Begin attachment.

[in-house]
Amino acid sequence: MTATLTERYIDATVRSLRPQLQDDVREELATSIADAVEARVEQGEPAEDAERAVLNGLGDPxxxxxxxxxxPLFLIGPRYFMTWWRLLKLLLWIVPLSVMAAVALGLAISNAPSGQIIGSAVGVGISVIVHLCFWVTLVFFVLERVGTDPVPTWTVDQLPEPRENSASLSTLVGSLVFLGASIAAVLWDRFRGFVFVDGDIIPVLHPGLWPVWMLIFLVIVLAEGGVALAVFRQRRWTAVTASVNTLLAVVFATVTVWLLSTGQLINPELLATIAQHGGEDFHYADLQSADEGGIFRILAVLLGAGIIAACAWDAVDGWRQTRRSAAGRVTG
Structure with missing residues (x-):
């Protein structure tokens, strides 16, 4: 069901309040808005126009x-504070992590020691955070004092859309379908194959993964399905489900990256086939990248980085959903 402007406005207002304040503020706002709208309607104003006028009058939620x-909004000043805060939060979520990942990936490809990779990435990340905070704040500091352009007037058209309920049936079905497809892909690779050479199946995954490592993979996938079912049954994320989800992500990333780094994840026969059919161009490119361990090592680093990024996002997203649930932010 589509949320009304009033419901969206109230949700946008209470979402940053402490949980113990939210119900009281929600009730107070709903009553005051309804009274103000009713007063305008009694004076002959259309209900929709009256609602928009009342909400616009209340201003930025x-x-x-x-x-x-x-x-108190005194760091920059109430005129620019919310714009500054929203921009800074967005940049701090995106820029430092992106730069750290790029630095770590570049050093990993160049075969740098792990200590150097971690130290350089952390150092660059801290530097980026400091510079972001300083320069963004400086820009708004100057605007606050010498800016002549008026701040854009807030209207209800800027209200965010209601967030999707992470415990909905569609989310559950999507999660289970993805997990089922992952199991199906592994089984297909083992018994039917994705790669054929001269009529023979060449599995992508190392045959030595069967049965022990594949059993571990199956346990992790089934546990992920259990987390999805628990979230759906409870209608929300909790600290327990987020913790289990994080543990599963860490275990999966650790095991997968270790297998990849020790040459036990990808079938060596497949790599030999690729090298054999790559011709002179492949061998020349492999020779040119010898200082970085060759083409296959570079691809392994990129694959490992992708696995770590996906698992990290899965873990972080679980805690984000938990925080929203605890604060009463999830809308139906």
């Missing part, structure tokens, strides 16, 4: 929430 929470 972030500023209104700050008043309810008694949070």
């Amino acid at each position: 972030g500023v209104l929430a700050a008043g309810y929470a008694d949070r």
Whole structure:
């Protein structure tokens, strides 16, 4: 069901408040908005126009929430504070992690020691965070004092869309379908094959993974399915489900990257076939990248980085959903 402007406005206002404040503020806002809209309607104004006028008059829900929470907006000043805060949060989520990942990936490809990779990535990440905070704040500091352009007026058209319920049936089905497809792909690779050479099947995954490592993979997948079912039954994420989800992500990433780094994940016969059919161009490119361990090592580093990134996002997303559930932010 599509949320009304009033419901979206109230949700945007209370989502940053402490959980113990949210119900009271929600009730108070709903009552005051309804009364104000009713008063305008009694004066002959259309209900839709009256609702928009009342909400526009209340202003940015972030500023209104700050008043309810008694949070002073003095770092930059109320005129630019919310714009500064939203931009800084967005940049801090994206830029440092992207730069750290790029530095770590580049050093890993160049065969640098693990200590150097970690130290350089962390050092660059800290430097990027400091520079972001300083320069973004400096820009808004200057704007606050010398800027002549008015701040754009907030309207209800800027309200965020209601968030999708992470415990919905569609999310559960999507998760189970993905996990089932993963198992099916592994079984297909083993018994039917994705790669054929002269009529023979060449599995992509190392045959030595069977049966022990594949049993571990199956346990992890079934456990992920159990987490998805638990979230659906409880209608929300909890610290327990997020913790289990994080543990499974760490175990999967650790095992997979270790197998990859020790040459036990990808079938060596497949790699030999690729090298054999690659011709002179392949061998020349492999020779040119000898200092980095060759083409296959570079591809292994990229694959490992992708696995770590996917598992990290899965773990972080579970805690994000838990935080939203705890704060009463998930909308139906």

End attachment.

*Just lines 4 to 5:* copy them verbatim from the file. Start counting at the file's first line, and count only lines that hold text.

């Protein structure tokens, strides 16, 4: 069901309040808005126009x-504070992590020691955070004092859309379908194959993964399905489900990256086939990248980085959903 402007406005207002304040503020706002709208309607104003006028009058939620x-909004000043805060939060979520990942990936490809990779990435990340905070704040500091352009007037058209309920049936079905497809892909690779050479199946995954490592993979996938079912049954994320989800992500990333780094994840026969059919161009490119361990090592680093990024996002997203649930932010 589509949320009304009033419901969206109230949700946008209470979402940053402490949980113990939210119900009281929600009730107070709903009553005051309804009274103000009713007063305008009694004076002959259309209900929709009256609602928009009342909400616009209340201003930025x-x-x-x-x-x-x-x-108190005194760091920059109430005129620019919310714009500054929203921009800074967005940049701090995106820029430092992106730069750290790029630095770590570049050093990993160049075969740098792990200590150097971690130290350089952390150092660059801290530097980026400091510079972001300083320069963004400086820009708004100057605007606050010498800016002549008026701040854009807030209207209800800027209200965010209601967030999707992470415990909905569609989310559950999507999660289970993805997990089922992952199991199906592994089984297909083992018994039917994705790669054929001269009529023979060449599995992508190392045959030595069967049965022990594949059993571990199956346990992790089934546990992920259990987390999805628990979230759906409870209608929300909790600290327990987020913790289990994080543990599963860490275990999966650790095991997968270790297998990849020790040459036990990808079938060596497949790599030999690729090298054999790559011709002179492949061998020349492999020779040119010898200082970085060759083409296959570079691809392994990129694959490992992708696995770590996906698992990290899965873990972080679980805690984000938990925080929203605890604060009463999830809308139906």
């Missing part, structure tokens, strides 16, 4: 929430 929470 972030500023209104700050008043309810008694949070």